|Publication number||US3766639 A|
|Publication date||Oct 23, 1973|
|Filing date||Jan 20, 1972|
|Priority date||Jan 20, 1972|
|Publication number||US 3766639 A, US 3766639A, US-A-3766639, US3766639 A, US3766639A|
|Inventors||F Parr, D Weaver|
|Original Assignee||Us Air Force|
|Export Citation||BiBTeX, EndNote, RefMan|
|Patent Citations (5), Referenced by (2), Classifications (17)|
|External Links: USPTO, USPTO Assignment, Espacenet|
United States Patent [191 Parr et a1.
[ Oct. 23, 1973 l l METHOD FOR TESTING ELECTRONIC CIRCUITS USING VARIABLE LIQUID DIELECTRIC CONSTANT TESTING MEDIA [75 I Inventors: Frank R. Parr, Baltimore; Dale M. Weaver, Glen Burnie, both of Md.
[73 I Assignee: The United States of America as represented by the Secretary of the Air Force, Washington, DC.
1221 Filed: Jan. 20, 1972 211 App]. No.: 219,578
 References Cited UNITED STATES PATENTS 3,691,289 9/1972 Rohloff 29/588 3,566,458 3/1971 OCone .1 264/272 3,150,021 9/1964 Sato 29/574 2,857,626 10/1958 Wagner et a1. i 264/272 3,560,849 2/1971 Ryan et a1 324/73 R Primary ExaminerCharles W. Lanham Assistant Examiner-D. C. Crane Att0mey1-1arry A. Herbert et a1.
 ABSTRACT The combining of chlorothene with a dmethyl silicone fluid to provide a means and the method of testing frequency tuned electronic circuits, to be packaged in a solid resin, under simulated operating conditions.
3 Claims, N0 Drawings METHOD FOR TESTING ELECTRONIC CIRCUITS USING VARIABLE LIQUID DIELECTRIC CONSTANT TESTING MEDIA BACKGROUND OF THE INVENTION This invention relates generally to a method and means for testing frequency tuned electronic circuits and more specifically to a liquid having a variable dielectric constant whereby electronic circuits may be tested under simulated actual conditions.
When certain electronic circuits are tested on the bench in the presence of air, and then are packaged in a solid embedding resin system, the difference in dielectric constant is great enough to cause a breakdown in the circuit that was not obvious on the bench. It was found that to test these circuits electrically prior to embedment in a media that could be removed easily, such as a liquid, yet had a dielectric constant at a given frequency equal to that of the final embedding resin would solve the problem. Furthermore, it is necessary that this testing media be removable without affecting the operation of the electronic circuit. A circuit which requires tuning to a particular frequency response range prior to potting is an example of the type of circuit being considered. It is not possible to mathematically calculate the correct tuning range during design for this type of circuit because of current leakage and noise. Therefore, it must be tuned either in air, in the embedding resin or in a liquid testing media. To tune this type of circuit in air with a dielectric constant of l, and then embed it in, for example, an epoxy resin with a dielectric constant of 3.8 at 100 KHZ, would result in improper functioning of the circuit and, thus, in most cases a non-repairable scrap unit. This improper functioning would be due to tuning the circuit in a media with one dielectric constant, and operating it in a media with a different dielectric constant. Therefore, the formulation of an easily removable testing media (such as a liquid) which can be varied in composition, is essential to proper functioning ofthis type of circuit. It is this liquid testing media along with the method of varying its composition that is being disclosed in this invention.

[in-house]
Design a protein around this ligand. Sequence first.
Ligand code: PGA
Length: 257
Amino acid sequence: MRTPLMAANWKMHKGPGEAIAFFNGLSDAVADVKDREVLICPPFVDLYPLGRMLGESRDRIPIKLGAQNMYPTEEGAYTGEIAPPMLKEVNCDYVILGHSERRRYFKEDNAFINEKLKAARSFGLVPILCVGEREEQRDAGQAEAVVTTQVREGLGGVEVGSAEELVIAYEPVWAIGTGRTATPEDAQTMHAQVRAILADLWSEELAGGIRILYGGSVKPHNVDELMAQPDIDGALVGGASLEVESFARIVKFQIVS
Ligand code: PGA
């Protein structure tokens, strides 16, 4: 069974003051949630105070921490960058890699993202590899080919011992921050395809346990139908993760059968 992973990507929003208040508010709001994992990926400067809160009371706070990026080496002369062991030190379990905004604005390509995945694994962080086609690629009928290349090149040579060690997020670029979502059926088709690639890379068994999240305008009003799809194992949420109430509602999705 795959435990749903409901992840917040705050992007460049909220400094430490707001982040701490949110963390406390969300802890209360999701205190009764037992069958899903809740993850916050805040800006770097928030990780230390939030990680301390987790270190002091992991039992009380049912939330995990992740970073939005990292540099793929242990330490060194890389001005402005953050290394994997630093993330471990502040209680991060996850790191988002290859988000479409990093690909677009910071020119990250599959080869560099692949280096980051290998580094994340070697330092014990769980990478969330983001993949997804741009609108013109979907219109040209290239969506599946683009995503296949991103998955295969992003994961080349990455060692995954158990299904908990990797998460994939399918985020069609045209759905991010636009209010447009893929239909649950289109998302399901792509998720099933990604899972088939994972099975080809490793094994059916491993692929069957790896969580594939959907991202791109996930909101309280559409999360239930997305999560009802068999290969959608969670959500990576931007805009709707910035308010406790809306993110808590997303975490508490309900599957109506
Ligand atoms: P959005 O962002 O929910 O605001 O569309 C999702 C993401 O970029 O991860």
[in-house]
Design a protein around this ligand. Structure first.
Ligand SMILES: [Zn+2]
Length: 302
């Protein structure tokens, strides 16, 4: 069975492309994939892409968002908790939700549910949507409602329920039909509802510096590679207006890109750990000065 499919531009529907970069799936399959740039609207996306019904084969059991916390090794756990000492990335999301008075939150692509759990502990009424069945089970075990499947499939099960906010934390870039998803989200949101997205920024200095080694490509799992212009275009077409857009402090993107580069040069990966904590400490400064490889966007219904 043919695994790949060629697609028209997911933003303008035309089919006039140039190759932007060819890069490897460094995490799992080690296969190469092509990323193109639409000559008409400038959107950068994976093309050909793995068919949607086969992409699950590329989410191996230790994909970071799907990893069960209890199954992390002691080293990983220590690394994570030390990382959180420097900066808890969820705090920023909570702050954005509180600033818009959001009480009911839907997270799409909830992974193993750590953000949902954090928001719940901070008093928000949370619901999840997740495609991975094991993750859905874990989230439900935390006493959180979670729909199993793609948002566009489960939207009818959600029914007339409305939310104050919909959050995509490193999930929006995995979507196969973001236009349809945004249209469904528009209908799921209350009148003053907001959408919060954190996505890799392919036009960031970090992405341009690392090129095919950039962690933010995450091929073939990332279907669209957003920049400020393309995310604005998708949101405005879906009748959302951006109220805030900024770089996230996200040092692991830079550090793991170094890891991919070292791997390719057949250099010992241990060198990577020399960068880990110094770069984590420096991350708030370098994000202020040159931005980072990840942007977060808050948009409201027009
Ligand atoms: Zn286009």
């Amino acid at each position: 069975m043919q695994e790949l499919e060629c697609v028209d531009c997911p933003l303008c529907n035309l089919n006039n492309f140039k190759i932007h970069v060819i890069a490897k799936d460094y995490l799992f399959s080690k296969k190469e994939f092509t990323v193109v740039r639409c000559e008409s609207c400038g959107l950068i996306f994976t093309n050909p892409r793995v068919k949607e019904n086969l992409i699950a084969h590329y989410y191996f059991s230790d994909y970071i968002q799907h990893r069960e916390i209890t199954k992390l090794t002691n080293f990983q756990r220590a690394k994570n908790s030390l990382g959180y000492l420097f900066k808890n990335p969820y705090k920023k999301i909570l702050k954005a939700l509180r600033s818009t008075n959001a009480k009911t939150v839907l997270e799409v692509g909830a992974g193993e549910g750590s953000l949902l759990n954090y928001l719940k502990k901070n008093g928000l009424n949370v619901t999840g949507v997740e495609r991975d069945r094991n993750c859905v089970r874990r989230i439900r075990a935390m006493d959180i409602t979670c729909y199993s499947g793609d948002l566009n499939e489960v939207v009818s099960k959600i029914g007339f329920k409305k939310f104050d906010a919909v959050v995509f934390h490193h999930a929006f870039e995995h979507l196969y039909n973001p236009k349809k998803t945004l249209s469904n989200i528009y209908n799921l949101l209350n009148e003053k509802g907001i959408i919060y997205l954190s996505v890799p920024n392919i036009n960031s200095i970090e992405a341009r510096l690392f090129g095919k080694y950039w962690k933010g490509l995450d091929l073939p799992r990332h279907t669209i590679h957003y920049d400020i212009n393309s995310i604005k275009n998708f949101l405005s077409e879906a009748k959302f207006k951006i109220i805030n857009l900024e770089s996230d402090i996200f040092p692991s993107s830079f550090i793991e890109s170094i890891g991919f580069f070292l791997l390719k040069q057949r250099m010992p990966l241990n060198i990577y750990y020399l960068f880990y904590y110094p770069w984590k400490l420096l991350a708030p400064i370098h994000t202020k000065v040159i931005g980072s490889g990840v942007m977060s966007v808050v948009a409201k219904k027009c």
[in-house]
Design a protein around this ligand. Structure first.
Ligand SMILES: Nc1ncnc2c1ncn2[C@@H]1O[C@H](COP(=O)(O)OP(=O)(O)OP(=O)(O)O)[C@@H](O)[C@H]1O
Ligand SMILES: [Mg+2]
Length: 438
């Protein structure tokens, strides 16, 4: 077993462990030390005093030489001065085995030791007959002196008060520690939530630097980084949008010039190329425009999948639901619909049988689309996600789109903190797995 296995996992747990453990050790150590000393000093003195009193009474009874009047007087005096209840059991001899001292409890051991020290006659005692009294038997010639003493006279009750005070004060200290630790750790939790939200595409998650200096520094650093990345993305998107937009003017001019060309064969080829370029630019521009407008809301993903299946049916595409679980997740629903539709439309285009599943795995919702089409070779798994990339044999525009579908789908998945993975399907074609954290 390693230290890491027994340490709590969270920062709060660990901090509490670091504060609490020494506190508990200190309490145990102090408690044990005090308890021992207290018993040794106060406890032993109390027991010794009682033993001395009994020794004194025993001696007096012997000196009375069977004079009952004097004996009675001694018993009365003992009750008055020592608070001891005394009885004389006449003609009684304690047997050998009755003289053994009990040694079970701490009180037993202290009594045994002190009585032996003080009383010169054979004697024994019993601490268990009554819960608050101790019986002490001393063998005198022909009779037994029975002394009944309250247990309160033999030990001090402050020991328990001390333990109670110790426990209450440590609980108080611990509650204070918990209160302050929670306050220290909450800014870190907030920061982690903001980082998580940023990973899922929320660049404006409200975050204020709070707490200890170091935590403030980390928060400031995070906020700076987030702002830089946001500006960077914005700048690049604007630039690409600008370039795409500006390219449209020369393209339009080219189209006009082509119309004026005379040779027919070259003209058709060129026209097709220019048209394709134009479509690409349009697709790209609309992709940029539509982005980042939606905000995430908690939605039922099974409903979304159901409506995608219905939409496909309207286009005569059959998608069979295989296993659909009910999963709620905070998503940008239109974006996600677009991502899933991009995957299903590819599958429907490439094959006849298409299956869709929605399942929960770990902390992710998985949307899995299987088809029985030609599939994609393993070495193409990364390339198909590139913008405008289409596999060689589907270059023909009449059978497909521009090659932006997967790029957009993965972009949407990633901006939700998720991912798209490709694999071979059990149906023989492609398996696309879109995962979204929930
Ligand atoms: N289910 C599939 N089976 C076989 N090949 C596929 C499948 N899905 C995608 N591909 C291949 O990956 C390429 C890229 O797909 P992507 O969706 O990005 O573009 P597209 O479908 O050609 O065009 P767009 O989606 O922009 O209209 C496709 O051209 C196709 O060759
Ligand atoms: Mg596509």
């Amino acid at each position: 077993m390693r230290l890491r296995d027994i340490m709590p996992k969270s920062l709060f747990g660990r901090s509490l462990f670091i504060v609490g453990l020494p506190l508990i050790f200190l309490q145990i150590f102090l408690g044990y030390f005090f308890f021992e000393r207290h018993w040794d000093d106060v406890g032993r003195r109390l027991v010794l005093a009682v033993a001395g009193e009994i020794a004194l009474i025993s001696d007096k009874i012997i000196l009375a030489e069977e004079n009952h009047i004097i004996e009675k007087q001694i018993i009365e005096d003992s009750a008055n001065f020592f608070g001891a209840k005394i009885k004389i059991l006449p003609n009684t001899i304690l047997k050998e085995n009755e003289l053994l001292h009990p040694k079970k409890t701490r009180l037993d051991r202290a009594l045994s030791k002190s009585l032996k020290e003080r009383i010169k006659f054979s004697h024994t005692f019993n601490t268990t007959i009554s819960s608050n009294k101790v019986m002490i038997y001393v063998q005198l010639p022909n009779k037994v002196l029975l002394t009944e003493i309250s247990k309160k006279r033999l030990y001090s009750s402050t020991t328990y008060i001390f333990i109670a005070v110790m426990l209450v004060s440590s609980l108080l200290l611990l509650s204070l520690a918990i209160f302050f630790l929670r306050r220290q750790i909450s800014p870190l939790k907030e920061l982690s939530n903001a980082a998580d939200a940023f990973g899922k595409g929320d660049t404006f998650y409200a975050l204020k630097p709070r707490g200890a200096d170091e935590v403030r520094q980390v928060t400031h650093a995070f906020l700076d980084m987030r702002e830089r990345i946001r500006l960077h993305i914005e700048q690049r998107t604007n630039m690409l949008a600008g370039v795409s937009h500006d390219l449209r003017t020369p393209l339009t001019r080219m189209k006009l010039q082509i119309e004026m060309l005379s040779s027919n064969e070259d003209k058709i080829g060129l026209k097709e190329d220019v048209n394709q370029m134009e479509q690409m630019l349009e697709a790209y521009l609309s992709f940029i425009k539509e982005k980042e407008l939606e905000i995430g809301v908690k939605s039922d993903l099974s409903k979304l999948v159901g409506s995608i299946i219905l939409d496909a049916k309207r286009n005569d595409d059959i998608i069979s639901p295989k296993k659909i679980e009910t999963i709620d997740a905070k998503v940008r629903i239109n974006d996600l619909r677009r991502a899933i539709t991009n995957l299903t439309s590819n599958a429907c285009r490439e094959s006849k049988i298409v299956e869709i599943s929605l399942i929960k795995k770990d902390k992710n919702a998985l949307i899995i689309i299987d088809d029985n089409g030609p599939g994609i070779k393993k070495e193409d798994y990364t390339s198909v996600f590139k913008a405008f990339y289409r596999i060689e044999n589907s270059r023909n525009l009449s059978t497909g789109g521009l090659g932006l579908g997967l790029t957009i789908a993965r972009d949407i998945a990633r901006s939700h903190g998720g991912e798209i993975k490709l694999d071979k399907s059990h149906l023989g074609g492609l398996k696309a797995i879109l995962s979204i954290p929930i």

SUMMARY OF THE INVENTION The invention utilizes a dimethlyl silicone fluid, as for example General Electric silicone fluid 910 manufactured by the General Electric Company, and combines this with chlorothene (1,1,1, trichloroethane) to provide a fluid of varying dielectric constant. The General Electric silicone fluid 910, when tested for dielectric constant at 25C at lOOKHz has a value of 2.7. Similarly, chlorothene when tested under the same conditions has a value of 6.7. When these two materials are mixed in various proportions the resultant dielectric constant values vary accordingly. Utilizing this media in testing electronic circuits, a determination is made of the dielectric constant of the embedding and/or the epoxy transfer molding resin. The testing media is then mixed to provide the proper dielectric constant. Subsequently, the circuit is tested in the media.
It is therefore an object of the invention to provide a new and improved liquid testing media.